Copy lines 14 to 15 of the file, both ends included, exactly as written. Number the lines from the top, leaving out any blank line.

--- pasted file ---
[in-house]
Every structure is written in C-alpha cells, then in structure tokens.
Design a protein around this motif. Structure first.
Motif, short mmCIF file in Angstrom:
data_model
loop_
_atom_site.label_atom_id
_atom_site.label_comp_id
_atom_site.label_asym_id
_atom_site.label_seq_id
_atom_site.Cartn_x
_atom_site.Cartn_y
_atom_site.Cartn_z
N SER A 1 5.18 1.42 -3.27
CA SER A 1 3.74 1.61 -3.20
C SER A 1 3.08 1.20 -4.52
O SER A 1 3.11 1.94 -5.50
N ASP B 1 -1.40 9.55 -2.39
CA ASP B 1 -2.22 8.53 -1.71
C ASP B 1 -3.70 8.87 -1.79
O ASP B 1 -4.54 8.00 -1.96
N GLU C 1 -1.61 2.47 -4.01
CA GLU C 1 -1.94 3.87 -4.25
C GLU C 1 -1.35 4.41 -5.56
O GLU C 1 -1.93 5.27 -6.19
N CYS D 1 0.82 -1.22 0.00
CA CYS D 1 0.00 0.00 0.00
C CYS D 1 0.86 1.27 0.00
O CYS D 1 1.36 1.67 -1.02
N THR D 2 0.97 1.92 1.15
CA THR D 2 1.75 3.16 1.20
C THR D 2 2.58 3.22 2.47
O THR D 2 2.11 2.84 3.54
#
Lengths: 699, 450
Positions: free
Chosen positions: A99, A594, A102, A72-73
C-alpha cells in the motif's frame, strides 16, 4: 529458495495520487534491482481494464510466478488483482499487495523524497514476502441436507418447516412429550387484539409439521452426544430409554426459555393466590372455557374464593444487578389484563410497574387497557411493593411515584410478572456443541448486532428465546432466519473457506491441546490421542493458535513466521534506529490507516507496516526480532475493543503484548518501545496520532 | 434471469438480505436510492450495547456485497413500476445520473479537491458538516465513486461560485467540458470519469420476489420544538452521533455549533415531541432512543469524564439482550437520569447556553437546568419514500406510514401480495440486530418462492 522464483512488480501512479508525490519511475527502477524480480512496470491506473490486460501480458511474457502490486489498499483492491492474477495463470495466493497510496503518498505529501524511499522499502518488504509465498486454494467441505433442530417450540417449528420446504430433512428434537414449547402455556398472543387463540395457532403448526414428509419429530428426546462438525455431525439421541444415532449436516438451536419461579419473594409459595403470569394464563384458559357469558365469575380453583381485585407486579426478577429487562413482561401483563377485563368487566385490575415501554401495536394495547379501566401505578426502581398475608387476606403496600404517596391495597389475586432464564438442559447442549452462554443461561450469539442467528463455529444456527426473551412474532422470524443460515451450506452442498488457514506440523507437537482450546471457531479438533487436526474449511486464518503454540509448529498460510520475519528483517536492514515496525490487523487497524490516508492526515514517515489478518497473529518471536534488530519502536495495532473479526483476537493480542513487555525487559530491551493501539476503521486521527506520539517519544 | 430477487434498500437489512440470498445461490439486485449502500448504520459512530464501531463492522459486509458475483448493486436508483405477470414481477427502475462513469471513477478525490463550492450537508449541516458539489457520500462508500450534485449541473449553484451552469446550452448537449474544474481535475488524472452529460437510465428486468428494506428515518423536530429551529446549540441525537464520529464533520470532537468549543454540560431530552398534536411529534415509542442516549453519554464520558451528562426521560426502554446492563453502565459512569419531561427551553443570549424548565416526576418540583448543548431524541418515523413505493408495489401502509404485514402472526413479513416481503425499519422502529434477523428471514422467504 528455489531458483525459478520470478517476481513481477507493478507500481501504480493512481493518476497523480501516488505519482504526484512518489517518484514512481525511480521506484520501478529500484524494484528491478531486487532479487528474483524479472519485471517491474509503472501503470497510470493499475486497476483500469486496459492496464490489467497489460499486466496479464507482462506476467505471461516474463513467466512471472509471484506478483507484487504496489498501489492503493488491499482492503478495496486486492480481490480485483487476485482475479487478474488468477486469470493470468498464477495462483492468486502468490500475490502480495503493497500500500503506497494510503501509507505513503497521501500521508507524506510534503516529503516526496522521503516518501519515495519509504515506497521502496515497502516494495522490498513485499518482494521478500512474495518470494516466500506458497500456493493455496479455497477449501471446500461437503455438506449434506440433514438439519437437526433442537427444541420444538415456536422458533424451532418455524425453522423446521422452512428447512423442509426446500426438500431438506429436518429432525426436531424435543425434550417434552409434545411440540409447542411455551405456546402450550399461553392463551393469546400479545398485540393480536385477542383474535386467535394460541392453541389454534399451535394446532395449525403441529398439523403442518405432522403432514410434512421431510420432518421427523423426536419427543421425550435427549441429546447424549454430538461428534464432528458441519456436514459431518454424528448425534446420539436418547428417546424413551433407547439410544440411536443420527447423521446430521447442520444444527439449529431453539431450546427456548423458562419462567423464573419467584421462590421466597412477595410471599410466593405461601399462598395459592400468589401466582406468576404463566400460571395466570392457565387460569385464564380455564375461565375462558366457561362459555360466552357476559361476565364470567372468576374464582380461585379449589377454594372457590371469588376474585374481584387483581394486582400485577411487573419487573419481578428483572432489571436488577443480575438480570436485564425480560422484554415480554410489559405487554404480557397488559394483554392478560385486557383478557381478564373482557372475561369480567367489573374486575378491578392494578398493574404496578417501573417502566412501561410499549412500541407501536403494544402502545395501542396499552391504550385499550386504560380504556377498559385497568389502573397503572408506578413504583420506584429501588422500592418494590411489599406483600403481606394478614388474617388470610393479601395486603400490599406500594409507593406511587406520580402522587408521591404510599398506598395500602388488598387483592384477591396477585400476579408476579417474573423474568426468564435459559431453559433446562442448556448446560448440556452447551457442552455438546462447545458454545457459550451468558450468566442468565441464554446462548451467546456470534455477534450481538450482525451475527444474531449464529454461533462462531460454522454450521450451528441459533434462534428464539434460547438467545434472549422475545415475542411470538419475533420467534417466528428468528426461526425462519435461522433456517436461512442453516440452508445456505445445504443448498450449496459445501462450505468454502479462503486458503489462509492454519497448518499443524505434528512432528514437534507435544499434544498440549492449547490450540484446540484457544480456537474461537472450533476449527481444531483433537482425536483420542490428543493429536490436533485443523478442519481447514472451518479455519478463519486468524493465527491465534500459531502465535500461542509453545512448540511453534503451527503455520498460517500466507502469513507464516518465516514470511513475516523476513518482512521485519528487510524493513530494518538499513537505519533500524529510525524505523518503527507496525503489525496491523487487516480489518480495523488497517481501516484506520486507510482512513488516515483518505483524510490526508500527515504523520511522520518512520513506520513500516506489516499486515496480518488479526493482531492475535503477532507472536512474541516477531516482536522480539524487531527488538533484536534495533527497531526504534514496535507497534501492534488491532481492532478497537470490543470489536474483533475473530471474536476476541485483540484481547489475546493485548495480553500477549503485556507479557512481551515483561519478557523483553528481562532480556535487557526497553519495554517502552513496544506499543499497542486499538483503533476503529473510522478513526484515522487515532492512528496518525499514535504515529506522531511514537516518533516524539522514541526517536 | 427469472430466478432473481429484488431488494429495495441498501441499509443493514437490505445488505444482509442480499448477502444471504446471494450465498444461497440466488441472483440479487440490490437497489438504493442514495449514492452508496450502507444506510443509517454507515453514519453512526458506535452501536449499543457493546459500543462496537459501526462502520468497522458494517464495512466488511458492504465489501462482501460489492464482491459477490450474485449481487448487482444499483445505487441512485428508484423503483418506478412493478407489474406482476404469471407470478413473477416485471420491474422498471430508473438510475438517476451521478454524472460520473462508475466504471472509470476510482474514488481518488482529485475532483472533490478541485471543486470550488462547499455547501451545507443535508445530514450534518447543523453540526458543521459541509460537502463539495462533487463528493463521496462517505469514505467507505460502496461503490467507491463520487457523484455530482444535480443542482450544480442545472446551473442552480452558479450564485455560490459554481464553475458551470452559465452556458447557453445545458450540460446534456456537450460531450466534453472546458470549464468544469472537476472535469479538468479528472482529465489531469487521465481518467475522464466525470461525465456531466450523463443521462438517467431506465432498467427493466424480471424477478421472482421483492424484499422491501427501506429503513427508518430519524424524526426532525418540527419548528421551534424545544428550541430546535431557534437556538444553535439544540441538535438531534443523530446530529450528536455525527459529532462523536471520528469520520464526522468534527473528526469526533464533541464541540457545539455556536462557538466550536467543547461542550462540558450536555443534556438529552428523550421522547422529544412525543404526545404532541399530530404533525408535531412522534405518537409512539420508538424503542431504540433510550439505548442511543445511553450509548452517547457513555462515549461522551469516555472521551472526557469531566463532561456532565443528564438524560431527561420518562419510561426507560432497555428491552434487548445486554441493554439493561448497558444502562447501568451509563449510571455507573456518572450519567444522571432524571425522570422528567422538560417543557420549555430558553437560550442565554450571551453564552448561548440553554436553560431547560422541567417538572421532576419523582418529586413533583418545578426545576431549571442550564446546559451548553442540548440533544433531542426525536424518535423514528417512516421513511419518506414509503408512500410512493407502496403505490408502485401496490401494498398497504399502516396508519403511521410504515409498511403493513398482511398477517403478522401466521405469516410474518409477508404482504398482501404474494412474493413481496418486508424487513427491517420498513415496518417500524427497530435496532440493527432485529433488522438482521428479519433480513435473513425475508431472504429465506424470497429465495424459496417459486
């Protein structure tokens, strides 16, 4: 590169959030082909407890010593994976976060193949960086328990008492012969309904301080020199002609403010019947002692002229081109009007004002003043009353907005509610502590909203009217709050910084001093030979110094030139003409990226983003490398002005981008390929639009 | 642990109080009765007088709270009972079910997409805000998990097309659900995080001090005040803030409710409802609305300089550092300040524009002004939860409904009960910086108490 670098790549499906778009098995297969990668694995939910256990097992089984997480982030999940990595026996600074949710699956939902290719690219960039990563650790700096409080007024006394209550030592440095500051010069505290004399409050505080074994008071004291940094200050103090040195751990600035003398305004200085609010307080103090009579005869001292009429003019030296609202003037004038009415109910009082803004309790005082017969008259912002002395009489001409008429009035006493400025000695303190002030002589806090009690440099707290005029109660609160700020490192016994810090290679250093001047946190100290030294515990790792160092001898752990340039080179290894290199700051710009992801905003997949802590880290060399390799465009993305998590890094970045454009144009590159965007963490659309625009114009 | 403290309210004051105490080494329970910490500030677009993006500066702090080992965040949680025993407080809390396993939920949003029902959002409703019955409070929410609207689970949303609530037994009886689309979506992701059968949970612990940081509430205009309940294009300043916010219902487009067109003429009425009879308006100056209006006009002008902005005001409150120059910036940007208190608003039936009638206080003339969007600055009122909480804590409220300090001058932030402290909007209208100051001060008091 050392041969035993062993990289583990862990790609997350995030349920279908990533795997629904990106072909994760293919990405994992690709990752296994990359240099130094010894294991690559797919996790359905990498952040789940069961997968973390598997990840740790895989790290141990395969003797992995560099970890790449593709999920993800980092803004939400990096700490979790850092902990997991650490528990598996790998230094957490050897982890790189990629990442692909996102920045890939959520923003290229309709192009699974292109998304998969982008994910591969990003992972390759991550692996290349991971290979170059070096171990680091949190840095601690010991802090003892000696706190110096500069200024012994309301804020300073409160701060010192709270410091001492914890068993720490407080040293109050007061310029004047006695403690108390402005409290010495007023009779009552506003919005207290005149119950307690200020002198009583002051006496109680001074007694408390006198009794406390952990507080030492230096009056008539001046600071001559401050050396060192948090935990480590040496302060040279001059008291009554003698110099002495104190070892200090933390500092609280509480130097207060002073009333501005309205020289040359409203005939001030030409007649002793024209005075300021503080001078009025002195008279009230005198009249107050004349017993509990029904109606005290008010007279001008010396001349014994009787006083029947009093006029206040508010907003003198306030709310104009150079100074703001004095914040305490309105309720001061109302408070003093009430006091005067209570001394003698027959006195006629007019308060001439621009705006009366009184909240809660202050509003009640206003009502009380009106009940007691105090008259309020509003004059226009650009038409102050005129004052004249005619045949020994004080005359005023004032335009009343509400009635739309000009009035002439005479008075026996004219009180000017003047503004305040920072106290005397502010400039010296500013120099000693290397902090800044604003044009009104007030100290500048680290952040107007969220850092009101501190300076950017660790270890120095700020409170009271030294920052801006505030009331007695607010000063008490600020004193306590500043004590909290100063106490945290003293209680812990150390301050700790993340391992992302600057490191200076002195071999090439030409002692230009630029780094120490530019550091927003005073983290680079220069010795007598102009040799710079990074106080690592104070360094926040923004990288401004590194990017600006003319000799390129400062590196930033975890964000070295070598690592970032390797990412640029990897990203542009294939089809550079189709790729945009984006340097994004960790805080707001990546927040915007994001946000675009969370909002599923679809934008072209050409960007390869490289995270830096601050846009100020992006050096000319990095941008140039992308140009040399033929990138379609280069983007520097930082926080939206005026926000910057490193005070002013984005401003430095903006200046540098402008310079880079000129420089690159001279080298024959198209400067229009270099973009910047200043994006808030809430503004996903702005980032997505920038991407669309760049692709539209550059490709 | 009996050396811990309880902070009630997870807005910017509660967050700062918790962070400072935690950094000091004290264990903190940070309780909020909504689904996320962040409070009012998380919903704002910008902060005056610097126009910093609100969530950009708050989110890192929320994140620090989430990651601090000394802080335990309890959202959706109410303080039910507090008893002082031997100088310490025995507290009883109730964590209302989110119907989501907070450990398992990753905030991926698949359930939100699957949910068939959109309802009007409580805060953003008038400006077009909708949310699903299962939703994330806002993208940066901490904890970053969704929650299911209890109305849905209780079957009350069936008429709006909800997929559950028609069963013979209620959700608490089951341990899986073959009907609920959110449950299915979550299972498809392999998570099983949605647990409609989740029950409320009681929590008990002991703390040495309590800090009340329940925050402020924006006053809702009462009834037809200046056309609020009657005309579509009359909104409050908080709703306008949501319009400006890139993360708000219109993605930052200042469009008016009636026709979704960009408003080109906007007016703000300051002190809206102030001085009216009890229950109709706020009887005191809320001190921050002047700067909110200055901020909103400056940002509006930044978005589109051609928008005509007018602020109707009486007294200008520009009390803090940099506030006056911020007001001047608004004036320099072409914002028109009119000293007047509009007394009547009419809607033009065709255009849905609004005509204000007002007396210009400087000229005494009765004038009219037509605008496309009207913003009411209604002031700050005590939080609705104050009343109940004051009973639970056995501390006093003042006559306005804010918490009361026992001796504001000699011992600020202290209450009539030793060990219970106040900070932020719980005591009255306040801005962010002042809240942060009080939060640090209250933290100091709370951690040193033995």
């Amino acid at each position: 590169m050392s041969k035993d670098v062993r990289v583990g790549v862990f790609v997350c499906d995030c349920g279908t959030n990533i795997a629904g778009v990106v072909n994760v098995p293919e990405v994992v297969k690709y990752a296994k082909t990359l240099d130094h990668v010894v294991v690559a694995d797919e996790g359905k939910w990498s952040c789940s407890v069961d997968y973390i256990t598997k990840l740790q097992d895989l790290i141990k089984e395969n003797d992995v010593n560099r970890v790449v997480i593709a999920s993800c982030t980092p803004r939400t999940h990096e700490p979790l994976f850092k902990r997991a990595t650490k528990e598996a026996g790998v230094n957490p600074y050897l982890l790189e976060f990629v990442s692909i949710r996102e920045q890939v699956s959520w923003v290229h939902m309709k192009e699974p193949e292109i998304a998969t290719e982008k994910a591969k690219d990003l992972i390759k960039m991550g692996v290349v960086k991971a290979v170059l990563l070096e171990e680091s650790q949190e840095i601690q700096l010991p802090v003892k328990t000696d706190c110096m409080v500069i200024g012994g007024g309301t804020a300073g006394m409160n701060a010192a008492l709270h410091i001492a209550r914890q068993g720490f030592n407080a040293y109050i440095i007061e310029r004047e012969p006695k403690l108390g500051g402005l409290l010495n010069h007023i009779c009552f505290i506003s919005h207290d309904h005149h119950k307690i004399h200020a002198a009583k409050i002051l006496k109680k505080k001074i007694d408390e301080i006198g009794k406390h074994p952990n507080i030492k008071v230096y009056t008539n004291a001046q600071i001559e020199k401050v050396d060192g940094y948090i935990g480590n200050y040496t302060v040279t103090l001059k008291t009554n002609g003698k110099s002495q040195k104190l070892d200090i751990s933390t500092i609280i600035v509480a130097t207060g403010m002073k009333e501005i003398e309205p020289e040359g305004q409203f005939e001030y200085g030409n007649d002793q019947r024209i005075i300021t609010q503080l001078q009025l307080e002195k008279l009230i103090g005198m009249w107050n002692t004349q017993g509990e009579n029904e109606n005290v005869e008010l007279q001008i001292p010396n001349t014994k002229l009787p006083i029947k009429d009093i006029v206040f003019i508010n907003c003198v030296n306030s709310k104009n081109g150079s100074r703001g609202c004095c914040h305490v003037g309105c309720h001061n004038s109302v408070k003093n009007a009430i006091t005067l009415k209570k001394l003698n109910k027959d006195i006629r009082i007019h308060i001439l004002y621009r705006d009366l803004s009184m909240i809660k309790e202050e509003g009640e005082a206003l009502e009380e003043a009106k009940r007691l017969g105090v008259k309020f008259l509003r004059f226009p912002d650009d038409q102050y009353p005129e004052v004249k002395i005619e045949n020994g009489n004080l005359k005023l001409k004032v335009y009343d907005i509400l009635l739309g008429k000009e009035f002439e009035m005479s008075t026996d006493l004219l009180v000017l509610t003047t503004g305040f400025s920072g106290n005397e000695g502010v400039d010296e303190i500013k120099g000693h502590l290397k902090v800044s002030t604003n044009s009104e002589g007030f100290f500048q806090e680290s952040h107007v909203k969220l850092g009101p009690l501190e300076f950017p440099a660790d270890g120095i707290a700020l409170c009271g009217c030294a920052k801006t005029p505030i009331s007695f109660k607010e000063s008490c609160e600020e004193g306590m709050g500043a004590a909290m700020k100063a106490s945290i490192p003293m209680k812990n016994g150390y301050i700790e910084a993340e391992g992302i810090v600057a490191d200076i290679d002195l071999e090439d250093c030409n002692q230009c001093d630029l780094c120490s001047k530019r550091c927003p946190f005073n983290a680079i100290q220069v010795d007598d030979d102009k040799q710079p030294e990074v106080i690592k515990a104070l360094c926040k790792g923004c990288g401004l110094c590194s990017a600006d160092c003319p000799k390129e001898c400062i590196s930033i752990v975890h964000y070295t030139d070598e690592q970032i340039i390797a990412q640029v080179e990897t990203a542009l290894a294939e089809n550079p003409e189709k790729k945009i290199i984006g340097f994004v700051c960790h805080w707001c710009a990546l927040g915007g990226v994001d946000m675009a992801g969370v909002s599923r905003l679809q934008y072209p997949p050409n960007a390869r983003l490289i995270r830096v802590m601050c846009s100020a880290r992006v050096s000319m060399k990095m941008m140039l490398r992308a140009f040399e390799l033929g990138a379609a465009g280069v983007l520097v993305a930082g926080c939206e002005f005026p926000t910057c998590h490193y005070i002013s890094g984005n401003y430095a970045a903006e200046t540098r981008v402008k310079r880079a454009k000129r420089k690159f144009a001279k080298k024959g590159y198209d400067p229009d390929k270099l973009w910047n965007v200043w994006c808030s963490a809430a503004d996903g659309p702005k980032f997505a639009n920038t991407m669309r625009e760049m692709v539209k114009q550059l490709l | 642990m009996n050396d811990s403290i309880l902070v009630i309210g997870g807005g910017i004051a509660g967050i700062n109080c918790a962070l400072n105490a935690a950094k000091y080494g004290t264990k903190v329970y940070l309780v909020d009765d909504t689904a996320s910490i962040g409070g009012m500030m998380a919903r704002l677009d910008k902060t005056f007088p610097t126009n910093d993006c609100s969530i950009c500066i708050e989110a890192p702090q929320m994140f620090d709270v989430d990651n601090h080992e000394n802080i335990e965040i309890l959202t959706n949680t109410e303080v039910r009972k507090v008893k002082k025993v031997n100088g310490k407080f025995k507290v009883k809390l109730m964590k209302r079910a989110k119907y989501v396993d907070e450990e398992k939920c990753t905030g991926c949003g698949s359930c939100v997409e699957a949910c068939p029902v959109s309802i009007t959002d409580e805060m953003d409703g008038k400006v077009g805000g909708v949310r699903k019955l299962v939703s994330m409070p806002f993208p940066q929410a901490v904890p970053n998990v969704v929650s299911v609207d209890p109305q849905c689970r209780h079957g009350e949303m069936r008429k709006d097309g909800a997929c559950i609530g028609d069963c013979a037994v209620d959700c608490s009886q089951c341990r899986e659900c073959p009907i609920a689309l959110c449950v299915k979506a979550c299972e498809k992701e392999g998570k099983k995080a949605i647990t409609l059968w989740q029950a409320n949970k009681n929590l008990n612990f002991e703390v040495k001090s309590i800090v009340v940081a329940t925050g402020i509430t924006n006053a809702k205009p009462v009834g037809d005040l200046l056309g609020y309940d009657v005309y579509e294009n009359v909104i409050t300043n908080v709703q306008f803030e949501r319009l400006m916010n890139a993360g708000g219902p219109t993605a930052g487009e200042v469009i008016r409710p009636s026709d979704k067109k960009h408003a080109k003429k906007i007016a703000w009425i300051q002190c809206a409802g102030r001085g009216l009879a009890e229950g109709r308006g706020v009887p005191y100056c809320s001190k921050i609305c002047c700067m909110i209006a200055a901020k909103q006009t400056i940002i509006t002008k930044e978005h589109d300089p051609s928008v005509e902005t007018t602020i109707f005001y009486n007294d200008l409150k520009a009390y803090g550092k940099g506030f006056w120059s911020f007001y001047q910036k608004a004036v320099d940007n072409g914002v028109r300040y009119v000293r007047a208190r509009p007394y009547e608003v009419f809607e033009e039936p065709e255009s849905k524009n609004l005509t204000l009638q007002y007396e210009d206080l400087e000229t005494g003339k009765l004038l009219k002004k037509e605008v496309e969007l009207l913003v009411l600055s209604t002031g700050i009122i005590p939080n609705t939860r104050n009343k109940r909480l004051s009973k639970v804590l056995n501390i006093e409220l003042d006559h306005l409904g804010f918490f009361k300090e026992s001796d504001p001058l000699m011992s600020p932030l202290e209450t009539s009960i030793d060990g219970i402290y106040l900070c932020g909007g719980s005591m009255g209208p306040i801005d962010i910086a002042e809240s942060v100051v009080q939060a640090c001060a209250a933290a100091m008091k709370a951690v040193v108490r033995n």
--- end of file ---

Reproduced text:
N SER A 1 5.18 1.42 -3.27
CA SER A 1 3.74 1.61 -3.20